Long-term clinical outcomes among patients with cardiogenic shock (CS) and heart failure (HF) who sur-vive the early phase of acute myocardial infarction (AMI) remain uncertain. We investigated 3283 consecutive patients with AMI, selected from a prospective, nation-wide multicenter registry (J-MINUET) database compris-ing 28 institutions in Japan between July 2012 and March 2014. The 3263 eligible patients were divided into the following three groups: CS-/HF-group (n = 2467, 75.6%); CS-/HF+ group (n = 479, 14.7%); and CS+ group (n = 317, 9.7%). The thirty-day mortality rate in CS+ patients was 32.8%, significantly higher than in CS-patients. Among CS+ patients, multivariate logistic regression analysis identified statin use before admission (Odds ratio (OR) 0.32, 95% confidence interval (CI) 0.14-0.66, P = 0.002), renal deficiency (OR 8.72, 95%CI 2.81-38.67, P < 0.0001) and final thrombolysis in myocardial infarction flow grade (OR 0.42, 95%CI 0.18-0.99, P = 0.046) were associated with 30-day mortality. Landmark Kaplan-Meier analysis showed that mortality rates after 30 days were comparable between CS+ and CS-/HF+ groups but were lower in the CS-/ HF-group. Multivariate Cox hazard analysis also showed that hazard risk of mortality after 30 days was comparable between the CS+ and CS-/HF+ groups (Hazard ratio (HR) 1.03, 95%CI 0.63-1.68, P = 0.90), and significantly lower in the CS-/HF-group (HR 0.44, 95%CI 0.32-059, P < 0.0001). In conclusion, AMI patients with CS who survived 30 days experienced worse long-term outcomes compared with those without CS up to 3 years. Attention is required for patients who show HF on admission without CS to improve long-term AMI out-comes.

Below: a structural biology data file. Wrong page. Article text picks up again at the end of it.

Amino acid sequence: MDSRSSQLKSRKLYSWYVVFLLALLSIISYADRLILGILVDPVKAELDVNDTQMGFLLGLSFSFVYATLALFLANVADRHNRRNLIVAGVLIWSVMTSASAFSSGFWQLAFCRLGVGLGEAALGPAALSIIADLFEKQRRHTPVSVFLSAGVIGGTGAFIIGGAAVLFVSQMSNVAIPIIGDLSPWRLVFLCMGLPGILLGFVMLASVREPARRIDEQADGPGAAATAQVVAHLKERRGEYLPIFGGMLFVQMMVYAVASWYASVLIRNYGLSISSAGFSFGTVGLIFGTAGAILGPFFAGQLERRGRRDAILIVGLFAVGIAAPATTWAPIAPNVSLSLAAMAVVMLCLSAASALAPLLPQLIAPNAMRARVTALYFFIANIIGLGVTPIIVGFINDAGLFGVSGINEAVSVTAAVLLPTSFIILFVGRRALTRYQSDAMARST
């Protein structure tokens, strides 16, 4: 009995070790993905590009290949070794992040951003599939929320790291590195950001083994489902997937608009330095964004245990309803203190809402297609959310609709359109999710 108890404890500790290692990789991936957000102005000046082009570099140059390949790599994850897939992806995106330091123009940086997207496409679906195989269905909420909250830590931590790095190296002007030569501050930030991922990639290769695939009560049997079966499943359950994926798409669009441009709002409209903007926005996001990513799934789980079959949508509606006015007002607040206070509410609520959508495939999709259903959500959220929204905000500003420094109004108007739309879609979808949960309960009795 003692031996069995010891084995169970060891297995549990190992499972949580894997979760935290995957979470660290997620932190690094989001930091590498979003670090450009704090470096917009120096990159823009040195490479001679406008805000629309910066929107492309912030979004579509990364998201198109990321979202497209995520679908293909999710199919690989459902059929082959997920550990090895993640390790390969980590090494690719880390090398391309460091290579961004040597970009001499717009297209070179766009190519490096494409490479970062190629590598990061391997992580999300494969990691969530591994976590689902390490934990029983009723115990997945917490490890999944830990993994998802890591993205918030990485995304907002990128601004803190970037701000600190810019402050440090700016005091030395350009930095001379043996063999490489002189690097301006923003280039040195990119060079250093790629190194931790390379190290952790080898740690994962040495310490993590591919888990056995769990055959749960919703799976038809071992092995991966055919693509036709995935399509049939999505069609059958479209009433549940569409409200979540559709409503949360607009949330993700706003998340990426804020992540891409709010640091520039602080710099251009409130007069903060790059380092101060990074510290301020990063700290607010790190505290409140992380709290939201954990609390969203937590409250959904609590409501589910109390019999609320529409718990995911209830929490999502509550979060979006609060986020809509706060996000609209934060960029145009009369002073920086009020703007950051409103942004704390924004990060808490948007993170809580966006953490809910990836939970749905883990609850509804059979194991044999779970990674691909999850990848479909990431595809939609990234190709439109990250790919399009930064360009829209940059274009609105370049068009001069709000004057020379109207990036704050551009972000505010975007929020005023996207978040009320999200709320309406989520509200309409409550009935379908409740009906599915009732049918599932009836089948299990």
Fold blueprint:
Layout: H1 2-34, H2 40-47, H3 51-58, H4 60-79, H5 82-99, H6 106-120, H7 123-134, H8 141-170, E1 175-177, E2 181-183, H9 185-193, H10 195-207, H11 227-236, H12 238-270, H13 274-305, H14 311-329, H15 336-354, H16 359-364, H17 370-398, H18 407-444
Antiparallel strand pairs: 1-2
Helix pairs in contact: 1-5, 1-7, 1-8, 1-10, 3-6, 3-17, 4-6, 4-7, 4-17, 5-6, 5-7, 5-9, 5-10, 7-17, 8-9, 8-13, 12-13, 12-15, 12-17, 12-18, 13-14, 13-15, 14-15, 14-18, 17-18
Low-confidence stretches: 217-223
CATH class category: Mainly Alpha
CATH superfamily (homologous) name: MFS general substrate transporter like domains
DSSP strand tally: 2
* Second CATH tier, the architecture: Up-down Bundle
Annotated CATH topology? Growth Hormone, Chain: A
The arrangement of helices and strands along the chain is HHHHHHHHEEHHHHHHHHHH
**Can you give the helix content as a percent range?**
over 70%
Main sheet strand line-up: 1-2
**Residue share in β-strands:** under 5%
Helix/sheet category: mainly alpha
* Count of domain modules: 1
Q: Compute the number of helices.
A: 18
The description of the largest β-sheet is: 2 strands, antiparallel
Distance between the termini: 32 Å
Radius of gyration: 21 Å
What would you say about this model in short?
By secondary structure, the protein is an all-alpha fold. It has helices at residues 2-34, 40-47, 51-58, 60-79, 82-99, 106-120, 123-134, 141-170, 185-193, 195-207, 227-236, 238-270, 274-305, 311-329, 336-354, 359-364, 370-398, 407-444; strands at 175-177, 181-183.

All Science Journal Classification (ASJC) codes
- Cardiology and Cardiovascular Medicine